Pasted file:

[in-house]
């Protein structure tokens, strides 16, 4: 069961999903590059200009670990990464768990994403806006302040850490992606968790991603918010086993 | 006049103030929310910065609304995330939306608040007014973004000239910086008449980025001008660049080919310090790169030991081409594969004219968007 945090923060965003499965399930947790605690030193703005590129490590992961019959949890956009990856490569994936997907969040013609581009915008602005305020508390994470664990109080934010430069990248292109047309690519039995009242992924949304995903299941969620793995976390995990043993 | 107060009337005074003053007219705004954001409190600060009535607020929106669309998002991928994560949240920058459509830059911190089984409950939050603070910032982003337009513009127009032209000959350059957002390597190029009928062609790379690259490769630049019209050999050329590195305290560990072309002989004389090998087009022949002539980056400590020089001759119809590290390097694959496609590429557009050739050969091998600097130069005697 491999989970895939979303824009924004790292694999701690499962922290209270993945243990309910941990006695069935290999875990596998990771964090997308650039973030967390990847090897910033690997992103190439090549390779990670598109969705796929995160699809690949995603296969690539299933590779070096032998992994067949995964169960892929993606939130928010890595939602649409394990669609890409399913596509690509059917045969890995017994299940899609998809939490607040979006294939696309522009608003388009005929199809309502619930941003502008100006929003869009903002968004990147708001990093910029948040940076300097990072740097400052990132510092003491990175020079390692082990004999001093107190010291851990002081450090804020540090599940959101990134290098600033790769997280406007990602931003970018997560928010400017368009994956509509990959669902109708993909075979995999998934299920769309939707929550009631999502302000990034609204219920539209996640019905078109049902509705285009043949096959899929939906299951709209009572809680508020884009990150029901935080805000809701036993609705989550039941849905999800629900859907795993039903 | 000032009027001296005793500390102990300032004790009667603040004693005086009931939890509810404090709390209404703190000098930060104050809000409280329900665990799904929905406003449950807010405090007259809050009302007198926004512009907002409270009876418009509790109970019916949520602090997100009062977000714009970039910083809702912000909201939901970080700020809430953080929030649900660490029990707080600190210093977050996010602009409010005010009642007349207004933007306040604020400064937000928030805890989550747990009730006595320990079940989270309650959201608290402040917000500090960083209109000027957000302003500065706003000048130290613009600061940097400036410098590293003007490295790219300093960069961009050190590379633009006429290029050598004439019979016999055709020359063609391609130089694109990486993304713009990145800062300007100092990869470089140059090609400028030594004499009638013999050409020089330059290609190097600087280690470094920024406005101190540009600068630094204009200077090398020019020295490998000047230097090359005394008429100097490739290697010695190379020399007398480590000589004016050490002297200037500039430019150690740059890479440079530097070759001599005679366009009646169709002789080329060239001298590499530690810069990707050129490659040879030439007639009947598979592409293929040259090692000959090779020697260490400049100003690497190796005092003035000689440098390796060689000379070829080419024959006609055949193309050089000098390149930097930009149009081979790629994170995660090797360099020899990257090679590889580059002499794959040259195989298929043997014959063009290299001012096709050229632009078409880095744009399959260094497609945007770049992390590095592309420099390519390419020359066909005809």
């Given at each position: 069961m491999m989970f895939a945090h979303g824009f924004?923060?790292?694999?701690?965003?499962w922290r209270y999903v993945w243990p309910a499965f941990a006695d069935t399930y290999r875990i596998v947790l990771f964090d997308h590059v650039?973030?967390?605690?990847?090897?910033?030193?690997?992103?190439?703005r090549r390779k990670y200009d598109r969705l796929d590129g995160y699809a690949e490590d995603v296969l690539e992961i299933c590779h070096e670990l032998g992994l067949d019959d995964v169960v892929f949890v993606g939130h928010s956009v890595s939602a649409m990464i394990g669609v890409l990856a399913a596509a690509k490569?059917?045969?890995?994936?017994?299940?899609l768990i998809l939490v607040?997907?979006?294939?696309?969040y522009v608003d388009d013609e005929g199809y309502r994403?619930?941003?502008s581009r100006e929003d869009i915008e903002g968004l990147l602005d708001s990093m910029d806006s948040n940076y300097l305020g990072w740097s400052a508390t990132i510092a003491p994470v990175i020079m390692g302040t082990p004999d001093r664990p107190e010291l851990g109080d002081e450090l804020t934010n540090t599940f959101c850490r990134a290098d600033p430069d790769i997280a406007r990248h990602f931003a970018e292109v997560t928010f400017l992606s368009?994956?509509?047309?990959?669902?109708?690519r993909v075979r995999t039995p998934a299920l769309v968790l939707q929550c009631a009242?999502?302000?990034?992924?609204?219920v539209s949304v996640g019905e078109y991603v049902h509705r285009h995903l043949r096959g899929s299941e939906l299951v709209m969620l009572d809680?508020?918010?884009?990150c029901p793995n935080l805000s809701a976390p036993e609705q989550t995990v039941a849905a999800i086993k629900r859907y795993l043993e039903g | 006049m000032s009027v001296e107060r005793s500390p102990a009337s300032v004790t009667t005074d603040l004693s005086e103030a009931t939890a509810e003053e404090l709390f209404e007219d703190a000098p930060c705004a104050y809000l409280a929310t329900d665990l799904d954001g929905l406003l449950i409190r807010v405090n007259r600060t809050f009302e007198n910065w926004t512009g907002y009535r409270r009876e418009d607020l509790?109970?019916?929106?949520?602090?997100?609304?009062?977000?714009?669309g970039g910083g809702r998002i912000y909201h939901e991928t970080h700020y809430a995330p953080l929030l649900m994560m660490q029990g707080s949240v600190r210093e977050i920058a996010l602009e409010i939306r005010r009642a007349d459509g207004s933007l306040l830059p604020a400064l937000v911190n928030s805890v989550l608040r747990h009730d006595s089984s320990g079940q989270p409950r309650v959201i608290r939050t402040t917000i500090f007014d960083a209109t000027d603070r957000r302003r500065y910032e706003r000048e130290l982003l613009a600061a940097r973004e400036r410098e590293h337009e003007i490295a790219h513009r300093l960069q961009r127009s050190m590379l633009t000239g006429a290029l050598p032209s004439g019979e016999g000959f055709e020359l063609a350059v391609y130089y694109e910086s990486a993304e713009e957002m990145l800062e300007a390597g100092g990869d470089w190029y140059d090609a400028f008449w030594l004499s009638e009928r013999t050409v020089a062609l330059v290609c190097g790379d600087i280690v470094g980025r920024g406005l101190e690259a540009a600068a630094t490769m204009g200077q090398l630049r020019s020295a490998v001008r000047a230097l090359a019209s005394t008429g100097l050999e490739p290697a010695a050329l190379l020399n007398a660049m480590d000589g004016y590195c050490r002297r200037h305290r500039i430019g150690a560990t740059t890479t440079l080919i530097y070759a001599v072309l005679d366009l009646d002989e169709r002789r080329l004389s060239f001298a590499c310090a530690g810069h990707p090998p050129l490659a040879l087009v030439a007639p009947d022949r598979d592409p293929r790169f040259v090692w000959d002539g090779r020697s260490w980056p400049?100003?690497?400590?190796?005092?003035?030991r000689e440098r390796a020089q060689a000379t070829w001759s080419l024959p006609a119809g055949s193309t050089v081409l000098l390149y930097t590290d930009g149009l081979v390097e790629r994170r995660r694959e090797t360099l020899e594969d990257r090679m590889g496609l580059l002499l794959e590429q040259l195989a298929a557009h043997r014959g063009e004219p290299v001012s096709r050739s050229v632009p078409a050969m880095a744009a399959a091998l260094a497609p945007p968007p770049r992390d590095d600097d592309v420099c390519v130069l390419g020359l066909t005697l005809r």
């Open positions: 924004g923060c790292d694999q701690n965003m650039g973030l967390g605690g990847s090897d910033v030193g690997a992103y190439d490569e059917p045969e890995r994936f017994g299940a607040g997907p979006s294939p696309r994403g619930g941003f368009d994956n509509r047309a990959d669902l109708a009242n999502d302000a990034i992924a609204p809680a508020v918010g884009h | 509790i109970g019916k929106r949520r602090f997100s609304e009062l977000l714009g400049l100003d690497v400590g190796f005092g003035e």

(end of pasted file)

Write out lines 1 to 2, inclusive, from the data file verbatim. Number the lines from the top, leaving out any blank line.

[in-house]
């Protein structure tokens, strides 16, 4: 069961999903590059200009670990990464768990994403806006302040850490992606968790991603918010086993 | 006049103030929310910065609304995330939306608040007014973004000239910086008449980025001008660049080919310090790169030991081409594969004219968007 945090923060965003499965399930947790605690030193703005590129490590992961019959949890956009990856490569994936997907969040013609581009915008602005305020508390994470664990109080934010430069990248292109047309690519039995009242992924949304995903299941969620793995976390995990043993 | 107060009337005074003053007219705004954001409190600060009535607020929106669309998002991928994560949240920058459509830059911190089984409950939050603070910032982003337009513009127009032209000959350059957002390597190029009928062609790379690259490769630049019209050999050329590195305290560990072309002989004389090998087009022949002539980056400590020089001759119809590290390097694959496609590429557009050739050969091998600097130069005697 491999989970895939979303824009924004790292694999701690499962922290209270993945243990309910941990006695069935290999875990596998990771964090997308650039973030967390990847090897910033690997992103190439090549390779990670598109969705796929995160699809690949995603296969690539299933590779070096032998992994067949995964169960892929993606939130928010890595939602649409394990669609890409399913596509690509059917045969890995017994299940899609998809939490607040979006294939696309522009608003388009005929199809309502619930941003502008100006929003869009903002968004990147708001990093910029948040940076300097990072740097400052990132510092003491990175020079390692082990004999001093107190010291851990002081450090804020540090599940959101990134290098600033790769997280406007990602931003970018997560928010400017368009994956509509990959669902109708993909075979995999998934299920769309939707929550009631999502302000990034609204219920539209996640019905078109049902509705285009043949096959899929939906299951709209009572809680508020884009990150029901935080805000809701036993609705989550039941849905999800629900859907795993039903 | 000032009027001296005793500390102990300032004790009667603040004693005086009931939890509810404090709390209404703190000098930060104050809000409280329900665990799904929905406003449950807010405090007259809050009302007198926004512009907002409270009876418009509790109970019916949520602090997100009062977000714009970039910083809702912000909201939901970080700020809430953080929030649900660490029990707080600190210093977050996010602009409010005010009642007349207004933007306040604020400064937000928030805890989550747990009730006595320990079940989270309650959201608290402040917000500090960083209109000027957000302003500065706003000048130290613009600061940097400036410098590293003007490295790219300093960069961009050190590379633009006429290029050598004439019979016999055709020359063609391609130089694109990486993304713009990145800062300007100092990869470089140059090609400028030594004499009638013999050409020089330059290609190097600087280690470094920024406005101190540009600068630094204009200077090398020019020295490998000047230097090359005394008429100097490739290697010695190379020399007398480590000589004016050490002297200037500039430019150690740059890479440079530097070759001599005679366009009646169709002789080329060239001298590499530690810069990707050129490659040879030439007639009947598979592409293929040259090692000959090779020697260490400049100003690497190796005092003035000689440098390796060689000379070829080419024959006609055949193309050089000098390149930097930009149009081979790629994170995660090797360099020899990257090679590889580059002499794959040259195989298929043997014959063009290299001012096709050229632009078409880095744009399959260094497609945007770049992390590095592309420099390519390419020359066909005809």